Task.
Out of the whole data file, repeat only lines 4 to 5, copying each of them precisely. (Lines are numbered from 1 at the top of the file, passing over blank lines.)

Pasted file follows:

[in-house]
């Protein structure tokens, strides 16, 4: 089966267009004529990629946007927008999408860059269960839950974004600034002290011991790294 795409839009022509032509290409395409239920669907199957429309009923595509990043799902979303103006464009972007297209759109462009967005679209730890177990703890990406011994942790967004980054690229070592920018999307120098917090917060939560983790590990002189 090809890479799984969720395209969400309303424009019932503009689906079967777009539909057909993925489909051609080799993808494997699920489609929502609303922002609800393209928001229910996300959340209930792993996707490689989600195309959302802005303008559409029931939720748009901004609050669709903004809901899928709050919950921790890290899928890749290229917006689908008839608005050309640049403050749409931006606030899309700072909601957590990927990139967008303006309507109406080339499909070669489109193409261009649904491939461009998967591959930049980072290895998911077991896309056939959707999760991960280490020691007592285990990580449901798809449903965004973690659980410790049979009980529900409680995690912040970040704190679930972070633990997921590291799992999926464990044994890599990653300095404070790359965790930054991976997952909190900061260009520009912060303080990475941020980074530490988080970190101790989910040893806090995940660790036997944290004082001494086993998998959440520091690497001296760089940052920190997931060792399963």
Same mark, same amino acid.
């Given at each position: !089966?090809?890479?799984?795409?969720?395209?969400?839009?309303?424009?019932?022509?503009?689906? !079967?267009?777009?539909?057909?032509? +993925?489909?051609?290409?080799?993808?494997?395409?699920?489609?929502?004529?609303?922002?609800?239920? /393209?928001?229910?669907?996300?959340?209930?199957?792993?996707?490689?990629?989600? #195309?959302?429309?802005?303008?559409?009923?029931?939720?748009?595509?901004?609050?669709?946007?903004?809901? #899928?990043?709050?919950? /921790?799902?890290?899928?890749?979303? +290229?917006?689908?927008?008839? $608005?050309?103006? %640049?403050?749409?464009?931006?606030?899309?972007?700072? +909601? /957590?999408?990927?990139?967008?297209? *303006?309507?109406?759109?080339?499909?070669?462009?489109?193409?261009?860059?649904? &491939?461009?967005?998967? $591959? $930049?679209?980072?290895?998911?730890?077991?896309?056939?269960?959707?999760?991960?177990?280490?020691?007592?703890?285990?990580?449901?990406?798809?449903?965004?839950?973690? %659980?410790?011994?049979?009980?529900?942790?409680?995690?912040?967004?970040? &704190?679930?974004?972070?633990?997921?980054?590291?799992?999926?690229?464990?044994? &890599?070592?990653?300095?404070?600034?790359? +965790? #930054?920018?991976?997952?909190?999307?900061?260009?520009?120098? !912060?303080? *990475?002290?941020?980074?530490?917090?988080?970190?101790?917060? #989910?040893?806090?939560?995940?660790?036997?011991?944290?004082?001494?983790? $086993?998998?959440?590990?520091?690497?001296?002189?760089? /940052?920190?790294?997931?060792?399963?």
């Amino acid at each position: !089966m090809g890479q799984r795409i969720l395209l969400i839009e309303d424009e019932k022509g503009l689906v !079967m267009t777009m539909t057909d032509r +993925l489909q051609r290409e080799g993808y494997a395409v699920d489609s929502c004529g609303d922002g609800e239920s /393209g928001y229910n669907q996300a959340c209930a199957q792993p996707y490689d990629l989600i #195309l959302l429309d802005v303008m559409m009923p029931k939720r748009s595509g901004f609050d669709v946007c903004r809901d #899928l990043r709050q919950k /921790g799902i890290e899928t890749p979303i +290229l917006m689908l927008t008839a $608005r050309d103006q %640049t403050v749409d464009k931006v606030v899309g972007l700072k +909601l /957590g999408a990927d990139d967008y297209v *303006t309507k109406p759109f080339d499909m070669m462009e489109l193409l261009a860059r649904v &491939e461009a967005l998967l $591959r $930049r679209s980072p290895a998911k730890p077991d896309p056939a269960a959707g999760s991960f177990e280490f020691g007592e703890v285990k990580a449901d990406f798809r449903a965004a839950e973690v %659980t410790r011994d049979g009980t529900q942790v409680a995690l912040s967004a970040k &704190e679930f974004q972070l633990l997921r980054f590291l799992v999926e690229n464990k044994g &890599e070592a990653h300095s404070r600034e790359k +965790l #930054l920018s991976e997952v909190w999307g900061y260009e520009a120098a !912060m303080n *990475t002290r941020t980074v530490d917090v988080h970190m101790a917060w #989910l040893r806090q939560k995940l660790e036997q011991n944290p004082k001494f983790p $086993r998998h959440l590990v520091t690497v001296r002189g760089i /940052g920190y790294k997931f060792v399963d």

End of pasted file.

């Given at each position: !089966?090809?890479?799984?795409?969720?395209?969400?839009?309303?424009?019932?022509?503009?689906? !079967?267009?777009?539909?057909?032509? +993925?489909?051609?290409?080799?993808?494997?395409?699920?489609?929502?004529?609303?922002?609800?239920? /393209?928001?229910?669907?996300?959340?209930?199957?792993?996707?490689?990629?989600? #195309?959302?429309?802005?303008?559409?009923?029931?939720?748009?595509?901004?609050?669709?946007?903004?809901? #899928?990043?709050?919950? /921790?799902?890290?899928?890749?979303? +290229?917006?689908?927008?008839? $608005?050309?103006? %640049?403050?749409?464009?931006?606030?899309?972007?700072? +909601? /957590?999408?990927?990139?967008?297209? *303006?309507?109406?759109?080339?499909?070669?462009?489109?193409?261009?860059?649904? &491939?461009?967005?998967? $591959? $930049?679209?980072?290895?998911?730890?077991?896309?056939?269960?959707?999760?991960?177990?280490?020691?007592?703890?285990?990580?449901?990406?798809?449903?965004?839950?973690? %659980?410790?011994?049979?009980?529900?942790?409680?995690?912040?967004?970040? &704190?679930?974004?972070?633990?997921?980054?590291?799992?999926?690229?464990?044994? &890599?070592?990653?300095?404070?600034?790359? +965790? #930054?920018?991976?997952?909190?999307?900061?260009?520009?120098? !912060?303080? *990475?002290?941020?980074?530490?917090?988080?970190?101790?917060? #989910?040893?806090?939560?995940?660790?036997?011991?944290?004082?001494?983790? $086993?998998?959440?590990?520091?690497?001296?002189?760089? /940052?920190?790294?997931?060792?399963?």
């Amino acid at each position: !089966m090809g890479q799984r795409i969720l395209l969400i839009e309303d424009e019932k022509g503009l689906v !079967m267009t777009m539909t057909d032509r +993925l489909q051609r290409e080799g993808y494997a395409v699920d489609s929502c004529g609303d922002g609800e239920s /393209g928001y229910n669907q996300a959340c209930a199957q792993p996707y490689d990629l989600i #195309l959302l429309d802005v303008m559409m009923p029931k939720r748009s595509g901004f609050d669709v946007c903004r809901d #899928l990043r709050q919950k /921790g799902i890290e899928t890749p979303i +290229l917006m689908l927008t008839a $608005r050309d103006q %640049t403050v749409d464009k931006v606030v899309g972007l700072k +909601l /957590g999408a990927d990139d967008y297209v *303006t309507k109406p759109f080339d499909m070669m462009e489109l193409l261009a860059r649904v &491939e461009a967005l998967l $591959r $930049r679209s980072p290895a998911k730890p077991d896309p056939a269960a959707g999760s991960f177990e280490f020691g007592e703890v285990k990580a449901d990406f798809r449903a965004a839950e973690v %659980t410790r011994d049979g009980t529900q942790v409680a995690l912040s967004a970040k &704190e679930f974004q972070l633990l997921r980054f590291l799992v999926e690229n464990k044994g &890599e070592a990653h300095s404070r600034e790359k +965790l #930054l920018s991976e997952v909190w999307g900061y260009e520009a120098a !912060m303080n *990475t002290r941020t980074v530490d917090v988080h970190m101790a917060w #989910l040893r806090q939560k995940l660790e036997q011991n944290p004082k001494f983790p $086993r998998h959440l590990v520091t690497v001296r002189g760089i /940052g920190y790294k997931f060792v399963d």